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UK economy picks up speed in 3 months, puts BoE rate hike firmly on track

Output rose 0.4 percent compared with 0.3 percent growth in the quarter to June

Reuters  |  London 

Bank of England, BOE
A general view shows the Bank of England in the City of London

Britain's unexpectedly picked up speed in the three months to September, putting the firmly on track to raise interest rates next week for the first time a decade.

Output rose 0.4 percent compared with 0.3 percent growth in the quarter to June, the Office for National Statistics said on Wednesday. A Reuters poll of economists had forecast 0.3 percent.

Sterling hit a day's high against the dollar on the figures, while British government bond and share prices fell as financial markets further adjusted to the prospect of higher interest rates.

Britain performed much better than most economists expected immediately after last year's vote to leave the European Union, and was one of the fastest-growing major advanced economies in 2016.

But it slipped to the bottom of the pack earlier this year, posting its worst first-half performance since 2012 at a time when its peers have enjoyed robust growth.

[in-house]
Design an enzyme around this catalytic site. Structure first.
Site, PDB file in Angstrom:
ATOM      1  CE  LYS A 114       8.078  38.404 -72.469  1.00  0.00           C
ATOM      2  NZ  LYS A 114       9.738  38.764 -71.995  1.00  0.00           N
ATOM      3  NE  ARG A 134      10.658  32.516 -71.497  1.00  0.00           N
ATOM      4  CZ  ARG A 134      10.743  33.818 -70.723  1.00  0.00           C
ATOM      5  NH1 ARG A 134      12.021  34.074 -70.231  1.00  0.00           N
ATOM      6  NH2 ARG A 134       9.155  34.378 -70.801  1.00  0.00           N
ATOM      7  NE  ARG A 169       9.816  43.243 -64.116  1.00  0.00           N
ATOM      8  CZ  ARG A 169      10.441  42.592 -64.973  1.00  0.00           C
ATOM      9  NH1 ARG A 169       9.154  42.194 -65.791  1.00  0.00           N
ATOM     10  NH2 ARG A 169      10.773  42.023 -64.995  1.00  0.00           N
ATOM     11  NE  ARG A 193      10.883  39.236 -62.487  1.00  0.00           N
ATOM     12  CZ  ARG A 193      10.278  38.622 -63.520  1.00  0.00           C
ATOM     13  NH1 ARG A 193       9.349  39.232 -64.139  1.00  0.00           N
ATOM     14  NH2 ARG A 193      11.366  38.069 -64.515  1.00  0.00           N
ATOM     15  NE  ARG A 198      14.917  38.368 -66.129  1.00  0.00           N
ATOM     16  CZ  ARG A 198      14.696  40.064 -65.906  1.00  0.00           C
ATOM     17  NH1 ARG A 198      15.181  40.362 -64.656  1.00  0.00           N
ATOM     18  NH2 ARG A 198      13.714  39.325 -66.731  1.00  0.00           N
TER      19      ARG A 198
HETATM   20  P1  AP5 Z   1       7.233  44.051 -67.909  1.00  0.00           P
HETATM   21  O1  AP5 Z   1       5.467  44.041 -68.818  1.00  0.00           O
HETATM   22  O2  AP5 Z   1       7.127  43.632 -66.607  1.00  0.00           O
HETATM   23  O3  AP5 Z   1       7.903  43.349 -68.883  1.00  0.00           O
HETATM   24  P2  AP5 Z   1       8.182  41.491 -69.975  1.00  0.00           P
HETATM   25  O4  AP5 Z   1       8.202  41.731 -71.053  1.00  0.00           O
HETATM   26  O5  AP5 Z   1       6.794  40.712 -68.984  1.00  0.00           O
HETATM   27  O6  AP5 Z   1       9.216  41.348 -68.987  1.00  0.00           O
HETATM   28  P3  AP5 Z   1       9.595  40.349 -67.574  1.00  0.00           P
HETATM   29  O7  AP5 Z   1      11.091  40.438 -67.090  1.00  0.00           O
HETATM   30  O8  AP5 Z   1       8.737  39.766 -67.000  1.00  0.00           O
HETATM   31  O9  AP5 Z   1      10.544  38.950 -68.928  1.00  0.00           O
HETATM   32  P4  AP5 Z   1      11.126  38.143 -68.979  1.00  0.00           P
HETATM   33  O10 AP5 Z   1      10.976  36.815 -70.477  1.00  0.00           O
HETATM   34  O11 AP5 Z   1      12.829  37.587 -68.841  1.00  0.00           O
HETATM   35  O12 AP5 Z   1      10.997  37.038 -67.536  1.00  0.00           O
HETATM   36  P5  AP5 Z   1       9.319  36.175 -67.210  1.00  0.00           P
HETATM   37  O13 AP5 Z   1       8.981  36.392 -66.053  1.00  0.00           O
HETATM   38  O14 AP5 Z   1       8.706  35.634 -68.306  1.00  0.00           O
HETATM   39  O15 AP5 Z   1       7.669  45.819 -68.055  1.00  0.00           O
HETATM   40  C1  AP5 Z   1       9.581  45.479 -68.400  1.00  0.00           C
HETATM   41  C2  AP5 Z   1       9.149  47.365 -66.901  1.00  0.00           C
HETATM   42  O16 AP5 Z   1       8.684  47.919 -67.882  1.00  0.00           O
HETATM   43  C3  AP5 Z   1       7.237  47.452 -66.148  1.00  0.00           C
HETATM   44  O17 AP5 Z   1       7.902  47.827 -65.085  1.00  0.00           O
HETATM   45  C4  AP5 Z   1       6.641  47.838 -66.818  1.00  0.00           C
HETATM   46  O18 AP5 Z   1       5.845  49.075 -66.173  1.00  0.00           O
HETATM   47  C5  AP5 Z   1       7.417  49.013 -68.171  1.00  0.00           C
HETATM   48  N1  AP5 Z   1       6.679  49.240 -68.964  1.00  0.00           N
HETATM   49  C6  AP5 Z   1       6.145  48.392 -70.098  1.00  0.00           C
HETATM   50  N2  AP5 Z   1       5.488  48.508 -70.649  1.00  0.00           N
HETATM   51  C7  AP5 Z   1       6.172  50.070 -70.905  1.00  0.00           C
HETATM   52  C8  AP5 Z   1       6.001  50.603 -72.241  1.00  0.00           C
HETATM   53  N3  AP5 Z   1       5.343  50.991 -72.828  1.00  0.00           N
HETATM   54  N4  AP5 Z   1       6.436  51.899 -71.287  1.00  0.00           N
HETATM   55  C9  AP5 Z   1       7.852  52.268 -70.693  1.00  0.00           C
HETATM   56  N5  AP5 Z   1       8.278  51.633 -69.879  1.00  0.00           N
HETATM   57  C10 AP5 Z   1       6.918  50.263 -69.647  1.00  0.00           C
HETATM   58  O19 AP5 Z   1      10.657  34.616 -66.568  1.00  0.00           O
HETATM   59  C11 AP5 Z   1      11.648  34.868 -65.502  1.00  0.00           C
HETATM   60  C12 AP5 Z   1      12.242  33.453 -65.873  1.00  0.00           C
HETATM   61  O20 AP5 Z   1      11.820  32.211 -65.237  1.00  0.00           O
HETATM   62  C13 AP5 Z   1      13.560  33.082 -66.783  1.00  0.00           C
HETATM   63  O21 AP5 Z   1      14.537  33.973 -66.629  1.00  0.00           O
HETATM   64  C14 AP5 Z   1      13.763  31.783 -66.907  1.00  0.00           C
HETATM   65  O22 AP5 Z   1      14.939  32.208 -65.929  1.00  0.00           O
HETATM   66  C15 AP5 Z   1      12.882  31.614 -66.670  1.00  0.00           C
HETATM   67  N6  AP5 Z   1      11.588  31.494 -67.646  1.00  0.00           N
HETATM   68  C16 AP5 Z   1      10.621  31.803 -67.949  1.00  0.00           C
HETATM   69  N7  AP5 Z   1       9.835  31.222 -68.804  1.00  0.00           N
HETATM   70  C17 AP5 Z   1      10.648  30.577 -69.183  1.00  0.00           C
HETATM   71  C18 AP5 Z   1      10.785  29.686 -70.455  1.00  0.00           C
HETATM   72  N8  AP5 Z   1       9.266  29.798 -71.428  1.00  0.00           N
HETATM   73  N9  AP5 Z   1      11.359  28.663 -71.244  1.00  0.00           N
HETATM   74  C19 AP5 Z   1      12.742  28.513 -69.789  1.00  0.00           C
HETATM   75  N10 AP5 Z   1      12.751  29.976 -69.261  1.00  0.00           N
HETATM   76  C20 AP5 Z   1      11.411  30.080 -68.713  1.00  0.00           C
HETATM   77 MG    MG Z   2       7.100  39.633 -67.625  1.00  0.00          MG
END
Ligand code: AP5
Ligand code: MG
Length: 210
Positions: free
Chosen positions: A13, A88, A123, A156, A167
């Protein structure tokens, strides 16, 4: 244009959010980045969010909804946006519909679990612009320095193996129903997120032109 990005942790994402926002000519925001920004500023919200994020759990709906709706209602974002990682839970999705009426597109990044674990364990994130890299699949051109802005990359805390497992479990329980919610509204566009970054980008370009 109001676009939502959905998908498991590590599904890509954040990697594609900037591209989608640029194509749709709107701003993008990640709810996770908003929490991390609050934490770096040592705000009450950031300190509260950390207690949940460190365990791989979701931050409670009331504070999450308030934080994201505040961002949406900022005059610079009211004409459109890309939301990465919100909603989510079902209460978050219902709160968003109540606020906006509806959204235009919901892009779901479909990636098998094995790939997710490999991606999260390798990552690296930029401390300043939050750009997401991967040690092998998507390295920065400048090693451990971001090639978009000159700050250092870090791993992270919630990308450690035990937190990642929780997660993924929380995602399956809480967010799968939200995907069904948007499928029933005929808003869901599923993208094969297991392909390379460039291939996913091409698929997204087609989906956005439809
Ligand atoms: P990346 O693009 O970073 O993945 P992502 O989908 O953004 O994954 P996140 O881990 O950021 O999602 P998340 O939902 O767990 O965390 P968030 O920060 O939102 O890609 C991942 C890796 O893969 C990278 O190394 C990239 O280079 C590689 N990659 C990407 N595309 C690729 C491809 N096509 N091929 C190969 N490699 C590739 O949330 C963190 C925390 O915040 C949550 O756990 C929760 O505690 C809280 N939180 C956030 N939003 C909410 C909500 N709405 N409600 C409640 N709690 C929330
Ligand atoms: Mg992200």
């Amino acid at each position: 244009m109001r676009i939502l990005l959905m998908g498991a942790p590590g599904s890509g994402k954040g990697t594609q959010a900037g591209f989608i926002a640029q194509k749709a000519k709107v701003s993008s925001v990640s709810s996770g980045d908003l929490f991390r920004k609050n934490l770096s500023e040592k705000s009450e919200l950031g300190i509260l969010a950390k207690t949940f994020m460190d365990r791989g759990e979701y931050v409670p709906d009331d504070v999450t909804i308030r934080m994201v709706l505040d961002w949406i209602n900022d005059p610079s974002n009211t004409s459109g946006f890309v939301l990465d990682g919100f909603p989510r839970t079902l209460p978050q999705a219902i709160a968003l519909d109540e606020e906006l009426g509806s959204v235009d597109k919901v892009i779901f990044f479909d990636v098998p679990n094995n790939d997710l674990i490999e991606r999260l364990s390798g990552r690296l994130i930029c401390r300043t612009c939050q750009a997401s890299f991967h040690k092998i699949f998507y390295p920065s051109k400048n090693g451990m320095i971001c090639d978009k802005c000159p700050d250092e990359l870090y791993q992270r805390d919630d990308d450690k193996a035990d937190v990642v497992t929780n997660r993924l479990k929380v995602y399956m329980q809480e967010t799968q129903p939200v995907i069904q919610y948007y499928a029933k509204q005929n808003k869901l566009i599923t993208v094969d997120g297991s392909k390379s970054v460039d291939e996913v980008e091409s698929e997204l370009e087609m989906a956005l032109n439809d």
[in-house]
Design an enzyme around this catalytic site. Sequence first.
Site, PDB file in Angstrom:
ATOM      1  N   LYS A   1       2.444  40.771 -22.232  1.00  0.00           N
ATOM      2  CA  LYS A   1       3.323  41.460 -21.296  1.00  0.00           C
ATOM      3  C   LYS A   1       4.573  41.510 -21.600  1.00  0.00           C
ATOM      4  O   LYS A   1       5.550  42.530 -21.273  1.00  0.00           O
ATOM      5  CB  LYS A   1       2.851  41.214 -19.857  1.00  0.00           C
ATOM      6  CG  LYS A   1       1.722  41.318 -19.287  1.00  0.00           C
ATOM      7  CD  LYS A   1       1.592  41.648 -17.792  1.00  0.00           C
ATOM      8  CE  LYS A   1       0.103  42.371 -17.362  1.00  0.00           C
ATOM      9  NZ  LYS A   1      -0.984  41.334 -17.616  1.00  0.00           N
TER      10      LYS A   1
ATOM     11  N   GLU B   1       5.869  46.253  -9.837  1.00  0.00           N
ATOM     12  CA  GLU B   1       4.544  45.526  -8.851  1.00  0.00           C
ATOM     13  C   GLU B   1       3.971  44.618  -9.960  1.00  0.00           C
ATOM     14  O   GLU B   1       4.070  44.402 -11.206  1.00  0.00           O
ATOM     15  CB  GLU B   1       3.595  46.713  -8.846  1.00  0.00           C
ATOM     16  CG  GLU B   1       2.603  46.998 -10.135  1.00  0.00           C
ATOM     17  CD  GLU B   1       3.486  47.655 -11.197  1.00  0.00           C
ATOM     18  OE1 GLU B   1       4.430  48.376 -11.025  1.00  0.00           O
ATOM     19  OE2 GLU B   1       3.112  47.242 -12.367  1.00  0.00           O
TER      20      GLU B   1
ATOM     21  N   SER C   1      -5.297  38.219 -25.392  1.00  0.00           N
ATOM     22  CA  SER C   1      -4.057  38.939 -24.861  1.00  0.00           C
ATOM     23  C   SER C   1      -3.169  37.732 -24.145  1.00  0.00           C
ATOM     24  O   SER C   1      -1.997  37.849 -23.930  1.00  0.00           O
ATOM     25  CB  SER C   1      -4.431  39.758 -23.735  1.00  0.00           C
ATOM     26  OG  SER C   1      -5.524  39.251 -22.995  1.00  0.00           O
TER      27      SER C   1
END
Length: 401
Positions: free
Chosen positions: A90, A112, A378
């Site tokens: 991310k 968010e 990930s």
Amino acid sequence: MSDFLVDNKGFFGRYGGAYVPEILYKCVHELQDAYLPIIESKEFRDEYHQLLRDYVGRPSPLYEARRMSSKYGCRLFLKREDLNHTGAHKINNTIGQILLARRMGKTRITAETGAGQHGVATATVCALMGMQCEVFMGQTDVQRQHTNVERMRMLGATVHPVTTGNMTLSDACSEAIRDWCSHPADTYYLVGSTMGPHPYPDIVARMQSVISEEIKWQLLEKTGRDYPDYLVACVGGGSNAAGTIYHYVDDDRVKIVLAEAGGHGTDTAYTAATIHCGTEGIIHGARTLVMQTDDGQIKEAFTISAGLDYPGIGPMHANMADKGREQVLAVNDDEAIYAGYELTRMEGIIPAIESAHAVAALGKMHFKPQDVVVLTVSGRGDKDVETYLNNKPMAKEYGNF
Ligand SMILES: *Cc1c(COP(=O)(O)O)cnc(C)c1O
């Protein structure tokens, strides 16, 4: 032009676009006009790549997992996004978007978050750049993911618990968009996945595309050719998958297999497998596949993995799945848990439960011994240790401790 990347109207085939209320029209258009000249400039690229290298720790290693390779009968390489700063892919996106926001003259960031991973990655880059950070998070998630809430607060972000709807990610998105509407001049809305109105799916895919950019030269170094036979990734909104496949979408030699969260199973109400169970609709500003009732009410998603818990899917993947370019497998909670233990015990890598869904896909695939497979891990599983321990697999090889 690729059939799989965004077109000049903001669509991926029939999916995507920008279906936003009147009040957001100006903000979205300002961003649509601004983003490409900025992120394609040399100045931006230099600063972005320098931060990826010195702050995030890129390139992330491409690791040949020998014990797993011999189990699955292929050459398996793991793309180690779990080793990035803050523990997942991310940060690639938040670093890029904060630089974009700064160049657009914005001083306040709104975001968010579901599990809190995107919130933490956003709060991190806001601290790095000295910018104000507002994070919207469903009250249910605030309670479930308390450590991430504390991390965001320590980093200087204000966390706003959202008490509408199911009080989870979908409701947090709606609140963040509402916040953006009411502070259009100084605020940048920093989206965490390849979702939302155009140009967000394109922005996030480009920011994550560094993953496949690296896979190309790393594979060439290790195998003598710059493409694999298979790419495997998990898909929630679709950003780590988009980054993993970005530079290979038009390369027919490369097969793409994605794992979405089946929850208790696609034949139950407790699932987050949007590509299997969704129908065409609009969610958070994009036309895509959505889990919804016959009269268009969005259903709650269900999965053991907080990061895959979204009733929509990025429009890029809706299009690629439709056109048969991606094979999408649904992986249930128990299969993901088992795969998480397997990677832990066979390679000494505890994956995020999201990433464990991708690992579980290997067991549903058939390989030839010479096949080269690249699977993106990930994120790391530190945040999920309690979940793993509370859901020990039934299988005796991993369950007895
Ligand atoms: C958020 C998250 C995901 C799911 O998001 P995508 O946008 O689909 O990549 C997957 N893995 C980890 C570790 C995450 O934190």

Scotiabank economist Alan Clarke called the latest 0.4 percent growth figure "hardly a boom... merely in line with potential".

Nevertheless, "it removes the last hurdle standing in the way of a at next week's meeting," he said.

A Reuters poll published on Tuesday showed the BoE is widely expected to raise rates to 0.50 percent from 0.25 percent on Nov. 2, due to concerns that the cannot grow as fast as it used to without generating excess inflation.

Last month the BoE said Wednesday's preliminary data was likely to show 0.3 percent growth, though it might be stronger due to improving consumer demand.



A further argument in favour of higher rates might come from solid bank lending figures from industry association UK Finance.

The ONS data showed the vast services industry was behind the bulk of Britain's economic expansion in the third quarter, but manufacturing also contributed, helped by a rebound in car production.

The reading will also be a small boost for under-pressure finance minister Philip Hammond ahead of his annual budget on Nov. 22. He has limited room for manoeuvre because of Britain's poor productivity performance.

"My focus now, and going into the budget, is on boosting productivity so that we can deliver higher-wage jobs and a better standard of living," he said in a statement after the data.

In year-on-year terms, third-quarter growth was unchanged at 1.5 percent, also slightly stronger than analysts had expected.

Britain's dominant services sector grew by 0.4 percent in the third quarter, maintaining its momentum from the previous quarter, the ONS said. Industrial output expanded 1.0 percent, its fastest growth in more than a year.

Construction continued to struggle, however, contracting by 0.7 percent on the quarter - its sharpest fall since the third quarter of 2012.

The preliminary estimates of GDP do not include a breakdown of spending, and are heavily based on estimated data.

First Published: Wed, October 25 2017. 18:46 IST